David Rigsbee – Falling in Lisbon
Guest editorial

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Falling in Lisbon, Guest editorial by David Rigsbee

Blake etching by Louis Schiavonetti
A skeleton is approached by an angel who blows the last trump. Etching by Louis Schiavonetti after William Blake, 1808.

It was my first full day in Lisbon when I tripped on the sidewalk and went flying headlong onto (and into) the pavement. I had caught the toe-end of my Tevas on a bit of upended gravel. Three people immediately rushed to my aid, and a crowd gathered, peering in with concerned expressions. I had not felt off-balance or lacked the requisite spring in the step that everyone else had. And yet, it wasn’t as if I had not fallen before. Less than a year ago I slipped on the winter steps out back and with my feet in the air landed on my back. For a moment I feared I might have broken my back, but there was no pain.

So I slowly stood, careful to hold onto the rail and got back on my feet. I had done the very same thing a few years before when living in New York with my daughter. That was another snowy day, and the steps were slippery. My daughter shrieked as I took my first steps down to the street and instead clattered all the way down the flight, landing on the door to Canal Street. Again, nothing amiss, except for a few bruises, but I could tell it was horrifying to have witnessed.

Lisbon was fair and sunny. There was a slight breeze off the river. People were in good spirits and on the move in two directions in packs, couples, and alone. All of a sudden, I found myself a stone in the stream, with human eddies around me. It was as if my sprawling outline might later be chalked. So I got up, nothing broken, though I noticed that my hand was bleeding. I’d sheared the skin off the top of my little finger. Three people dashed to a nearby pharmacy and came back with bandages.

I was mostly embarrassed, but grateful for the help. Unfortunately, I never caught their names, as I would have written them my thanks. The suddenness of the fall did have the effect of making me shy at once about climbing the cobblestone hills, for which Lisbon is infamous—especially the inevitable climbs down. I also thought: here’s a picture of a 73-year old man, an American poet, toppled on the sidewalk. Not a good look. Strangely, I had the sensation of being pushed or launched in the split second before my body clattered with the street. I later realized this was a come-uppance against the expectation that I could keep up with the rush of the crowd. The late poet and art critic Peter Schjeldahl had written, “We exist in the middle of a rush so constant that it resembles stillness.”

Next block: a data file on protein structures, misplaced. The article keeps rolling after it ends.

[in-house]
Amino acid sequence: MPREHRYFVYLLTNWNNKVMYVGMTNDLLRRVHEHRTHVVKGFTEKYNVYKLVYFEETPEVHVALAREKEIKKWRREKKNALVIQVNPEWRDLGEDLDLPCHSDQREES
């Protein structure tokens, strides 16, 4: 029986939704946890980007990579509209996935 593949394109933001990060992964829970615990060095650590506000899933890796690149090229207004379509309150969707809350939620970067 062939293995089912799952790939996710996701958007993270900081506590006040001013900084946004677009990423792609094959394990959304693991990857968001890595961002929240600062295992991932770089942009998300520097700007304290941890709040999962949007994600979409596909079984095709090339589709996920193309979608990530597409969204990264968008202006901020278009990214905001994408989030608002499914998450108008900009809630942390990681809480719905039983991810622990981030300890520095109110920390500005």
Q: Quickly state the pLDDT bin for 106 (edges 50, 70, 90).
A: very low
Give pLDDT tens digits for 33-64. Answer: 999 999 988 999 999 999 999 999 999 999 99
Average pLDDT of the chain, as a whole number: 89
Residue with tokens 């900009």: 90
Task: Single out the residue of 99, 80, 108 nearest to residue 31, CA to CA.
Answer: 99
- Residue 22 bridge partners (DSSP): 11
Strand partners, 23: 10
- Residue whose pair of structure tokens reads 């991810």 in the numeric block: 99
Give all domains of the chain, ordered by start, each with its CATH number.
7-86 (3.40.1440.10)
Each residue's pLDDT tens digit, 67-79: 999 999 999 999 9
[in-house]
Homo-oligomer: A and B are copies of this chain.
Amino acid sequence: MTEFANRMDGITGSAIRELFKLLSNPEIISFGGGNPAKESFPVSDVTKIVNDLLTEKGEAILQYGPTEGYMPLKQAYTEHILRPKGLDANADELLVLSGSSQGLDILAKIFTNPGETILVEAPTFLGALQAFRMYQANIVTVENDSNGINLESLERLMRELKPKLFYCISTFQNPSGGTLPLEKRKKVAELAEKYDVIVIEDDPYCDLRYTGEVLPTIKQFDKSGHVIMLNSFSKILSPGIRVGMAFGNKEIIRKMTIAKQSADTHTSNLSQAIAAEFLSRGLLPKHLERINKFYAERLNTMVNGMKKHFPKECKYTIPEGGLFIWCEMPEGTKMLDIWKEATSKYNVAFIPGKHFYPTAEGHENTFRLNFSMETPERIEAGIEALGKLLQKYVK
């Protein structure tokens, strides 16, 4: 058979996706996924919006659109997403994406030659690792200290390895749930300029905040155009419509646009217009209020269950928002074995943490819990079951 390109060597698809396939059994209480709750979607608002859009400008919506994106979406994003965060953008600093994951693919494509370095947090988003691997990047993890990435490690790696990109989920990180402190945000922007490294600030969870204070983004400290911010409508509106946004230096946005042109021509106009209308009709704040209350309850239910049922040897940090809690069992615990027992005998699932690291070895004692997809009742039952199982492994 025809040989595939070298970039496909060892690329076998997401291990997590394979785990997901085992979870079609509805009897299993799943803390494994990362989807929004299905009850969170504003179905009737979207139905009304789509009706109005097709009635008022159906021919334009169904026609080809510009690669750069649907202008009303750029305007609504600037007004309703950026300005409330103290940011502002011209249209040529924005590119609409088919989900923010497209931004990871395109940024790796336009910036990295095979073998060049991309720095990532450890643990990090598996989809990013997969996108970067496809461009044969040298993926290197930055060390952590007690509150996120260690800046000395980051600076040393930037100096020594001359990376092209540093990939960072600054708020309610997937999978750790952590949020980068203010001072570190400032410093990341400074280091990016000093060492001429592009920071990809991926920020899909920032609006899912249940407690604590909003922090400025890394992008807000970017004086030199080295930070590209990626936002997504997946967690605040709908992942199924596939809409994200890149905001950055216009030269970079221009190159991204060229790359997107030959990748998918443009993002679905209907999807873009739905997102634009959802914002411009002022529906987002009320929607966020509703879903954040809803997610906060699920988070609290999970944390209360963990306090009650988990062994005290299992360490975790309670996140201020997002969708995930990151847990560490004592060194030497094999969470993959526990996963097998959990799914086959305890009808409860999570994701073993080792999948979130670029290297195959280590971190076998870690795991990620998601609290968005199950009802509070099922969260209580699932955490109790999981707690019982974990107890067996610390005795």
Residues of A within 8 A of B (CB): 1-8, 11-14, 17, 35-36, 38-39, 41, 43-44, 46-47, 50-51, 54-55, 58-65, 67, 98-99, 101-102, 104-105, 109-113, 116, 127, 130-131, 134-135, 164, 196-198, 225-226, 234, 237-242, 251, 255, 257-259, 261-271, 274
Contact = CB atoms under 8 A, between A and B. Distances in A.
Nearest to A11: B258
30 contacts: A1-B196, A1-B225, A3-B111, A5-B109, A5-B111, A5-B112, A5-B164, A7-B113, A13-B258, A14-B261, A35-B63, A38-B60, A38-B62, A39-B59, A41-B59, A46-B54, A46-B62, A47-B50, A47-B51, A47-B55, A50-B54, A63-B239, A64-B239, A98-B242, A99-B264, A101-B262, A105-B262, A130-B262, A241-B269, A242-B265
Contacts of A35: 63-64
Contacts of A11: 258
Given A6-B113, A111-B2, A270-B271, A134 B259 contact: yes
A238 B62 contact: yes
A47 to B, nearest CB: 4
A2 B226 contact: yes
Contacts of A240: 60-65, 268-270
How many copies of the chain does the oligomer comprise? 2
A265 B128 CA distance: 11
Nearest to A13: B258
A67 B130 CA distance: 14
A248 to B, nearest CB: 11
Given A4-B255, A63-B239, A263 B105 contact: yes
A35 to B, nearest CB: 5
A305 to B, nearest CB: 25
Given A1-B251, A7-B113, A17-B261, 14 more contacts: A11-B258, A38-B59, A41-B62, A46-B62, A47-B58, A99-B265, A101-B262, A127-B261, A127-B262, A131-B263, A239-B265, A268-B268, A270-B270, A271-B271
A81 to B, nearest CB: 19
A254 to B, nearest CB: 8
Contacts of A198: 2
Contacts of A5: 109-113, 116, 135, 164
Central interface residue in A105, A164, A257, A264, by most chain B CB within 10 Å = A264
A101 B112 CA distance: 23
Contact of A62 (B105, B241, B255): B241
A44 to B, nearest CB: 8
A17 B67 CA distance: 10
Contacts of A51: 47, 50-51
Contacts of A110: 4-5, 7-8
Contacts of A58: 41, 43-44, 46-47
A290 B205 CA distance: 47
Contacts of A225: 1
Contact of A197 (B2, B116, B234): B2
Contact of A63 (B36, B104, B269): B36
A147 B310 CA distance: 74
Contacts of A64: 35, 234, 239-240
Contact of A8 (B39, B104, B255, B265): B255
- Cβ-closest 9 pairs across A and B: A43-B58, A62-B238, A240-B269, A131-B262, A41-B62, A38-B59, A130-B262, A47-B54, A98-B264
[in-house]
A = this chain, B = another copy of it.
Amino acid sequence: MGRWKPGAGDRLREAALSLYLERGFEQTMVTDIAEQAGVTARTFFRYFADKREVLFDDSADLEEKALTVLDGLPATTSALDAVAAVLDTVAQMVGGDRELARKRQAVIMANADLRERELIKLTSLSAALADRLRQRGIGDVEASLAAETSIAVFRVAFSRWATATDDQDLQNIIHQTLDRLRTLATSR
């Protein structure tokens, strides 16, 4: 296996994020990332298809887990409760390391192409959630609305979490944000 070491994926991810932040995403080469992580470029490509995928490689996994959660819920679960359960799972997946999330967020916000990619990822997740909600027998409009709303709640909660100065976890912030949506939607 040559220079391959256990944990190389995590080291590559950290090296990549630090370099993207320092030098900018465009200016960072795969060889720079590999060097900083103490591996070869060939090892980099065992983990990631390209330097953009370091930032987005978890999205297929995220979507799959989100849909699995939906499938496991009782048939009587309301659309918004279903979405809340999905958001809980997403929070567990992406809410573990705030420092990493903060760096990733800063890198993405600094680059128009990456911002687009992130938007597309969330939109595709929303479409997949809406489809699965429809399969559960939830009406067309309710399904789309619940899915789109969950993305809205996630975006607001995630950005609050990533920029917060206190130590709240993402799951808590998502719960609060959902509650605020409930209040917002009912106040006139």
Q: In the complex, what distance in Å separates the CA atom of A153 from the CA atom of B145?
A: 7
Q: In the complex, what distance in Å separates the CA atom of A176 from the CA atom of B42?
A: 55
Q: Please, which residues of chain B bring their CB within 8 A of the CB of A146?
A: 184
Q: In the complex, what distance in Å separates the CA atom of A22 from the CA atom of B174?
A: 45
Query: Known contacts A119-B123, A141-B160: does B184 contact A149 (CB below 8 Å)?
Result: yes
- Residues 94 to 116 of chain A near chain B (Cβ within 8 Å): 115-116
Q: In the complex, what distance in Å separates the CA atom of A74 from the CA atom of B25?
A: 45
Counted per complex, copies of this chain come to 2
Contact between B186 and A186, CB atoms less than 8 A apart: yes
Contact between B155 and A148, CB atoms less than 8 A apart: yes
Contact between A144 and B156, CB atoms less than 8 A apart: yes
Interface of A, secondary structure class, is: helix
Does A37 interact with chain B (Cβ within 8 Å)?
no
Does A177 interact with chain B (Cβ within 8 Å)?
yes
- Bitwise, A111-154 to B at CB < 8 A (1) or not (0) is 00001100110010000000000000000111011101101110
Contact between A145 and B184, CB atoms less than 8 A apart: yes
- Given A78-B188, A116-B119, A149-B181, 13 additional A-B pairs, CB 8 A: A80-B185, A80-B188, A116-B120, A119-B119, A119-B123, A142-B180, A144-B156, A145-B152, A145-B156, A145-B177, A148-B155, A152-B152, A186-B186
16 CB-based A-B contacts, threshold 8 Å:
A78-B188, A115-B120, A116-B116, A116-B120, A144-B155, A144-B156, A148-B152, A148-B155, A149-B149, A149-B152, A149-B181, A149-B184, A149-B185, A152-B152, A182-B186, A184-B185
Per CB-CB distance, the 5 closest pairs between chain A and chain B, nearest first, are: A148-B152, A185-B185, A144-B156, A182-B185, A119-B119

I have thought a lot about steadiness, about balance and poise, and about the ever-ready threat of vertigo. Although I was an athlete when young and felt vigorous and strong most of my life, I had become aware of how aspirational the vertical can be in a human. Most of us don’t think about it. In fact, to think about it is to shift into self-consciousness. I used to remind my students about that moment the cartoon coyote chases the road runner over the cliff. It is only when he realizes he is over the void that he plummets into a puff on the canyon floor. That plunge is always satisfying too, schadenfreude at its most innocent. My high school football coach—my first philosopher—used to say, “When you’re running a play, don’t think! If you have to think you’re going to get knocked down.”